to a trip to Richmond, and the theatre in the evening? There is
safety in Richmond. No steam roller there.
VIVIE. Nonsense, Frank. My mother will stay here.
MRS WARREN [scared] I dont know: perhaps I'd better go. We're
disturbing you at your work.
VIVIE [with quiet decision] Mr Praed: please take Frank away.
Sit down, mother. [Mrs Warren obeys helplessly].
PRAED. Come, Frank. Goodbye, Miss Vivie.
VIVIE [shaking hands] Goodbye. A pleasant trip.
PRAED. Thank you: thank you. I hope so.
FRANK [to Mrs Warren] Goodbye: youd ever so much better have
taken my advice. [He shakes hands with her. Then airily to
Vivie] Byebye, Viv.
VIVIE. Goodbye. [He goes out gaily without shaking hands with
PRAED [sadly] Goodbye, Kitty.
MRS WARREN [snivelling] --oobye!
[Praed goes. Vivie, composed and extremely grave, sits down in
Honoria's chair, and waits for her mother to speak. Mrs Warren,
dreading a pause, loses no time in beginning.]
MRS WARREN. Well, Vivie, what did you go away like that for
without saying a word to me! How could you do such a thing! And
what have you done to poor George? I wanted him to come with me;
but he shuffled out of it. I could see that he was quite afraid
of you. Only fancy: he wanted me not to come. As if [trembling]
I should be afraid of you, dearie. [Vivie's gravity deepens].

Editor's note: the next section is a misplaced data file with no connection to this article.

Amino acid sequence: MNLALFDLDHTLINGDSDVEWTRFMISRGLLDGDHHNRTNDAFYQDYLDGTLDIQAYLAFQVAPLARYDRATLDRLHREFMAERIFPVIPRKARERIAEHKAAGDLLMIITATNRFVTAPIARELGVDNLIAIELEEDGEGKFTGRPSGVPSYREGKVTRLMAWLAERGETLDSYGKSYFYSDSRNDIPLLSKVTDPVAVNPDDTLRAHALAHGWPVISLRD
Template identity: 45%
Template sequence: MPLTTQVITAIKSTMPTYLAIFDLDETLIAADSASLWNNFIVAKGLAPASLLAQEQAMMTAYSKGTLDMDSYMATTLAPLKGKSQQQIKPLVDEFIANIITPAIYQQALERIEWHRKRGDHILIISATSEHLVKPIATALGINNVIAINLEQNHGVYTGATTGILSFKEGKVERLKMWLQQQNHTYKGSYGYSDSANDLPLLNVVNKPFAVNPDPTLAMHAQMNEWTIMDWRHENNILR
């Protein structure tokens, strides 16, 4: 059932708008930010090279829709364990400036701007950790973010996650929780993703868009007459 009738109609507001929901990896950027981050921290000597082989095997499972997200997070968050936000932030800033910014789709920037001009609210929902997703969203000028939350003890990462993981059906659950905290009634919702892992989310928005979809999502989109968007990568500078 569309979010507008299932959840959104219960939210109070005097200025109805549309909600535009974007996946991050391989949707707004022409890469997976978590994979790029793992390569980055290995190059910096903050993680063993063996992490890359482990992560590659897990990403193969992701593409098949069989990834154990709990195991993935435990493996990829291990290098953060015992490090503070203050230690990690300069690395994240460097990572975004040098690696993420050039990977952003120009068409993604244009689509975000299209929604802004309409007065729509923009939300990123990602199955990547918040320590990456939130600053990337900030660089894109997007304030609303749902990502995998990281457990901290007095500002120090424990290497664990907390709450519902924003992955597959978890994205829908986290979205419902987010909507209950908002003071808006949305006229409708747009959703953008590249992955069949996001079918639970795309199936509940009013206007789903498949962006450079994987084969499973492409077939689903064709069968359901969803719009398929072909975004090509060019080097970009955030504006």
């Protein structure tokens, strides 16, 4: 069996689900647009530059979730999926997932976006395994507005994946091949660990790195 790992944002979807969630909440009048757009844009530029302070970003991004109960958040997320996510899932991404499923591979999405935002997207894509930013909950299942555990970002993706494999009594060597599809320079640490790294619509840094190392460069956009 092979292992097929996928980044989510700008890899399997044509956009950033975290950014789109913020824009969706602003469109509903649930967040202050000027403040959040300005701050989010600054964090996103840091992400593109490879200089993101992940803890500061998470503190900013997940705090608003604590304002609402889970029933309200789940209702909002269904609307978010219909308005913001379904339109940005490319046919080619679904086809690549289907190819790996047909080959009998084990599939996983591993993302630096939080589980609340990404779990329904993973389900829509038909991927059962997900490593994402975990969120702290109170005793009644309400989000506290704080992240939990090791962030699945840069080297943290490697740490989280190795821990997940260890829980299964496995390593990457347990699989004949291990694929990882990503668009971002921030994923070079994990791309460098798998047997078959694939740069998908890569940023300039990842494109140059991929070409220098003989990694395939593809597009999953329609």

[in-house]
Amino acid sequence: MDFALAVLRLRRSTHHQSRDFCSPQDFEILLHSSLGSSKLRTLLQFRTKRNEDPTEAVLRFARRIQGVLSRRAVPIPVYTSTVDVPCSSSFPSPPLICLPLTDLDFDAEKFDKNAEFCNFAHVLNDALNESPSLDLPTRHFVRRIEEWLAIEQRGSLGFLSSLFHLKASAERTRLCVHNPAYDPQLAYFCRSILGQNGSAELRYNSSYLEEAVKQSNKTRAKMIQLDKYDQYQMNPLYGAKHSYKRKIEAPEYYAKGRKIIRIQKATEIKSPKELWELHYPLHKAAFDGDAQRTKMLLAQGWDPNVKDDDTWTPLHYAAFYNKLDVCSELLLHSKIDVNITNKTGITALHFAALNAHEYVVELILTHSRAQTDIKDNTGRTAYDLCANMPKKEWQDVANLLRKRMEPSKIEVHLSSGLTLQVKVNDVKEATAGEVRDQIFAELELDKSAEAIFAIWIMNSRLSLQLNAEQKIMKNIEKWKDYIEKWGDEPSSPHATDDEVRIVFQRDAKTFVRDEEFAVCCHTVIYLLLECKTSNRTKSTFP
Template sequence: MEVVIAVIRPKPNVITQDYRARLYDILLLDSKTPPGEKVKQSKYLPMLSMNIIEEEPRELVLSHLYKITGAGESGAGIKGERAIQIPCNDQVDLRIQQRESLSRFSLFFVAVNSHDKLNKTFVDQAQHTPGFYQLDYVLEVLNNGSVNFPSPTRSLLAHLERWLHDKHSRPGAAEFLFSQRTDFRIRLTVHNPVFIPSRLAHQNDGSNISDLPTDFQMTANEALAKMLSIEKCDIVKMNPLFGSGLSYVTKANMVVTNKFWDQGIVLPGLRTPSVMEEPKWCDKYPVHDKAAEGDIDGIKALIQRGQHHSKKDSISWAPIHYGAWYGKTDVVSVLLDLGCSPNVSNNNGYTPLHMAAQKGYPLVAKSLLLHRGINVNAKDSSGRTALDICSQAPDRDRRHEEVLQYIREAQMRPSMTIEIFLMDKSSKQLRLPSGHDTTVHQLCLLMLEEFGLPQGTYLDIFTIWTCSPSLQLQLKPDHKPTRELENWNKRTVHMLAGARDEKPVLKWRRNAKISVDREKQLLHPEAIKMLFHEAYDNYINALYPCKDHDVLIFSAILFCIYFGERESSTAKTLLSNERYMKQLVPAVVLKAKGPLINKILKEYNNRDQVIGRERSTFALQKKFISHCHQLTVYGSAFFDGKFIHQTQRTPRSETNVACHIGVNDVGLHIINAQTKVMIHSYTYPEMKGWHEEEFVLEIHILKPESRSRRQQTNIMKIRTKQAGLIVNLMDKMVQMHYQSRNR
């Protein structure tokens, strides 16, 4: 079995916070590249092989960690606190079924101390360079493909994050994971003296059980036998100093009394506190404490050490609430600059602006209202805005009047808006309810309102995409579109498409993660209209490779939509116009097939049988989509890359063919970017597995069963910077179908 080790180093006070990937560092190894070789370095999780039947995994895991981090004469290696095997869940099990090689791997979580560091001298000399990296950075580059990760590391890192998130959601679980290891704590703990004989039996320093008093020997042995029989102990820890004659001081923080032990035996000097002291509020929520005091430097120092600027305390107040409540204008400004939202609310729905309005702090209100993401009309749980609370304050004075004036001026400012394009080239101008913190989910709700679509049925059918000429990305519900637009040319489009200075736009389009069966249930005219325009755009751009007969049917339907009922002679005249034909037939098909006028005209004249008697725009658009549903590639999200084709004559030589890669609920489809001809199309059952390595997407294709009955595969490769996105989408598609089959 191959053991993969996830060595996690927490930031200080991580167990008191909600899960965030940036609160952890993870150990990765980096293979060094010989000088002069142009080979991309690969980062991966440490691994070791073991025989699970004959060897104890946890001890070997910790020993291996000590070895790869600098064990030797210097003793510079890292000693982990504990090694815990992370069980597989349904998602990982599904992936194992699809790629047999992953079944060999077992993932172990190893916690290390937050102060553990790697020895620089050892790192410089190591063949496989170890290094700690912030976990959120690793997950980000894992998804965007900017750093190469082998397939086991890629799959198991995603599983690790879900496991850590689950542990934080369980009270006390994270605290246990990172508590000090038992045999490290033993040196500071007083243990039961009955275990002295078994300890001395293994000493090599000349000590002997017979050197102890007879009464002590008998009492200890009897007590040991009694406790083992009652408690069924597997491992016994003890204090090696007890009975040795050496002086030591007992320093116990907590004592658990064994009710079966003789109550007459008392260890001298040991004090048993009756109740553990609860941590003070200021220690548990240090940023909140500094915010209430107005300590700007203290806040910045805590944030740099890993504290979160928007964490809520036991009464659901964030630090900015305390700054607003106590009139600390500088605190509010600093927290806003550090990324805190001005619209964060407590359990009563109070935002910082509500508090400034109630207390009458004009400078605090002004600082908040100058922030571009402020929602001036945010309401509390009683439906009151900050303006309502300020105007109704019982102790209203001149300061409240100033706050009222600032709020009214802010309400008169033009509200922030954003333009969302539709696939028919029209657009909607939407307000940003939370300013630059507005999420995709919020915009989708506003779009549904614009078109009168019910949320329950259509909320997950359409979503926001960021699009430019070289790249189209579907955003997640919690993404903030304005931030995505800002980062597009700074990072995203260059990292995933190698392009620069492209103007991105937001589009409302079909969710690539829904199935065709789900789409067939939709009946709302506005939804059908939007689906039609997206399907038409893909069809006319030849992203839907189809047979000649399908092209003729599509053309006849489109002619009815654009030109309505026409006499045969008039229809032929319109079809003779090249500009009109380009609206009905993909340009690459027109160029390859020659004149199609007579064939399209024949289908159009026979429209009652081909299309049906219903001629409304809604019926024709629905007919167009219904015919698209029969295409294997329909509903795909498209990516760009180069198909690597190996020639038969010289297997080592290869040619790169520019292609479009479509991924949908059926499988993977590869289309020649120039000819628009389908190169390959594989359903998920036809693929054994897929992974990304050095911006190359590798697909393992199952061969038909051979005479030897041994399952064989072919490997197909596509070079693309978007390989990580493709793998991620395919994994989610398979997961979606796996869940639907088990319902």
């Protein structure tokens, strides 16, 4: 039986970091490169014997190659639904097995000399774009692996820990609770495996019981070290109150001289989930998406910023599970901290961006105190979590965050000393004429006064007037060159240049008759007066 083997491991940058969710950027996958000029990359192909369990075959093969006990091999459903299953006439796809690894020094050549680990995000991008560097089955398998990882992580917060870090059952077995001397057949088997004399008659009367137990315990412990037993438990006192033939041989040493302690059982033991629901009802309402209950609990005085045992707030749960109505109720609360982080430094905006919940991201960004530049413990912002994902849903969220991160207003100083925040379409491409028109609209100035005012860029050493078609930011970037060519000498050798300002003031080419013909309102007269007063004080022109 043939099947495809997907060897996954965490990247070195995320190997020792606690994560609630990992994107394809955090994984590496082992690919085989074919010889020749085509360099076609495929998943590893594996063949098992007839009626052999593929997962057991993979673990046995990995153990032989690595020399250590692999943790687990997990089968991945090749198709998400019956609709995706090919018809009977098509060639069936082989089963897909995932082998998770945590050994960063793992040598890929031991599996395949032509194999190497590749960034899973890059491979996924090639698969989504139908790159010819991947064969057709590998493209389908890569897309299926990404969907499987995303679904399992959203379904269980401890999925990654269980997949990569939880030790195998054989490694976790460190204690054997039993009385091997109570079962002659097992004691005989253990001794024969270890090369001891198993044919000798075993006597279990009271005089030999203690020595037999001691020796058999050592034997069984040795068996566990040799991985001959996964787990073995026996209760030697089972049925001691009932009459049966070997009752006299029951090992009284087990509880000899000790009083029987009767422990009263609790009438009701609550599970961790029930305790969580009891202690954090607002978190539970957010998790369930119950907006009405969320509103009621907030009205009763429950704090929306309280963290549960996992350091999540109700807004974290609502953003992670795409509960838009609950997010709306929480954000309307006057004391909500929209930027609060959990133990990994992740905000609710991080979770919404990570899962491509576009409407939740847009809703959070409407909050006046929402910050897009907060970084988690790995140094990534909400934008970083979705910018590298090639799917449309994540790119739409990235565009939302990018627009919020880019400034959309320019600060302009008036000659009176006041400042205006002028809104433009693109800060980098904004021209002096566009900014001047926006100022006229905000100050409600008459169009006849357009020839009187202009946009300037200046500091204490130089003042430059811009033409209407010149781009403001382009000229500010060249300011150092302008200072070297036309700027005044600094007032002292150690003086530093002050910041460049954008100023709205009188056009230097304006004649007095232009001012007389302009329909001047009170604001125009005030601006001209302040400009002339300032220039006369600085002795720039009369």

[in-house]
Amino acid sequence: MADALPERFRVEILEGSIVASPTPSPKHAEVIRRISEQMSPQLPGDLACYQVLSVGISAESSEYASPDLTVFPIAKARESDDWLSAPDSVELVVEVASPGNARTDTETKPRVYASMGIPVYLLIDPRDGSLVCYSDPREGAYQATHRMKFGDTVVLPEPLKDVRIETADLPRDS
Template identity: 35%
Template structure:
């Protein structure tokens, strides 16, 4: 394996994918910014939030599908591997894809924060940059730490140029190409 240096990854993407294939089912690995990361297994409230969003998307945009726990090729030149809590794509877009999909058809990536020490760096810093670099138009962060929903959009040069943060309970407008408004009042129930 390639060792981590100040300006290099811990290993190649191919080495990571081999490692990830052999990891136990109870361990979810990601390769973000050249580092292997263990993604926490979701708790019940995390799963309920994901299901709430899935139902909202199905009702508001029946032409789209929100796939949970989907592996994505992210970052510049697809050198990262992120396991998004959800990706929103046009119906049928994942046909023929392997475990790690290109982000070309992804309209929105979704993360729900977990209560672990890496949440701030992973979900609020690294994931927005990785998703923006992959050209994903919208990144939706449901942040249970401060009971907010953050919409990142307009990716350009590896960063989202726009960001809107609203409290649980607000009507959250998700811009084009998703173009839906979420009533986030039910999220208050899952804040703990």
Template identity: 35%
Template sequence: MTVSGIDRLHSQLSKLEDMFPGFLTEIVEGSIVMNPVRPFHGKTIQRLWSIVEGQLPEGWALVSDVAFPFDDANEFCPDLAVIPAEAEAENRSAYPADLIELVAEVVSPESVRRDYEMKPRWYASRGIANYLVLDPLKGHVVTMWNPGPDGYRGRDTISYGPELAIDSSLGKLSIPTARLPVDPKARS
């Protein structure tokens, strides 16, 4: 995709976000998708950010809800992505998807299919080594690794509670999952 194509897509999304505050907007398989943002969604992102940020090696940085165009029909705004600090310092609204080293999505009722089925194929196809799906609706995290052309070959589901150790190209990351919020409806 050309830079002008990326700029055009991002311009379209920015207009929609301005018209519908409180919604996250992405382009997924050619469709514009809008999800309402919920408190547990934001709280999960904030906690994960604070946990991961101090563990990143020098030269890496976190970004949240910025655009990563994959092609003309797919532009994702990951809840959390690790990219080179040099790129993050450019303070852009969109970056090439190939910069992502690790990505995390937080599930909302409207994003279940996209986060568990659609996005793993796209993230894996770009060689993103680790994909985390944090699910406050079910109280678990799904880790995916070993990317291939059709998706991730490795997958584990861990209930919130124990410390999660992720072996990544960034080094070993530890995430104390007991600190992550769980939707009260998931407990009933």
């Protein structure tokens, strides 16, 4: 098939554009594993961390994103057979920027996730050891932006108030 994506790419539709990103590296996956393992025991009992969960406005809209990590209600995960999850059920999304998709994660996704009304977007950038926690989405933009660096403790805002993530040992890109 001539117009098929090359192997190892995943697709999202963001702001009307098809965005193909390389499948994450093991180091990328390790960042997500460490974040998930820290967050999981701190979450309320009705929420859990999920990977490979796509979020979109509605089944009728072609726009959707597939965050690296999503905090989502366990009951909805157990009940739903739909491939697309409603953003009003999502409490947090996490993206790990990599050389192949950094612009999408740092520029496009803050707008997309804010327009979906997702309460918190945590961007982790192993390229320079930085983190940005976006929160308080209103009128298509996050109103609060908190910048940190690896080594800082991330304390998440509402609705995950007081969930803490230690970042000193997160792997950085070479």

But of course I told him it was all settled and comfortable
between us, and that we were on the best of terms. [She breaks
down]. Vivie: whats the meaning of this? [She produces a
commercial envelope, and fumbles at the enclosure with trembling
fingers]. I got it from the bank this morning.
VIVIE. It is my month's allowance. They sent it to me as usual
the other day. I simply sent it back to be placed to your
credit, and asked them to send you the lodgment receipt. In
future I shall support myself.
MRS WARREN [not daring to understand] Wasnt it enough? Why didnt
you tell me? [With a cunning gleam in her eye] I'll double it: I
was intending to double it. Only let me know how much you want.
VIVIE. You know very well that that has nothing to do with it.
From this time I go my own way in my own business and among my
own friends. And you will go yours. [She rises]. Goodbye.
MRS WARREN [rising, appalled] Goodbye?
VIVIE. Yes: goodbye. Come: dont let us make a useless scene:
you understand perfectly well. Sir George Crofts has told me the
MRS WARREN [angrily] Silly old-- [She swallows an epithet, and
then turns white at the narrowness of her escape from uttering
VIVIE. Just so.
MRS WARREN. He ought to have his tongue cut out. But I thought
it was ended: you said you didnt mind.
VIVIE [steadfastly] Excuse me: I d o mind.
MRS WARREN. But I explained--
VIVIE. You explained how it came about. You did not tell me
that it is still going on [She sits].
[Mrs Warren, silenced for a moment, looks forlornly at Vivie, who
waits, secretly hoping that the combat is over. But the cunning
expression comes back into Mrs Warren's face; and she bends
across the table, sly and urgent, half whispering.]
MRS WARREN. Vivie: do you know how rich I am?
VIVIE. I have no doubt you are very rich.
MRS WARREN. But you dont know all that that means; youre too
young. It means a new dress every day; it means theatres and
balls every night; it means having the pick of all the gentlemen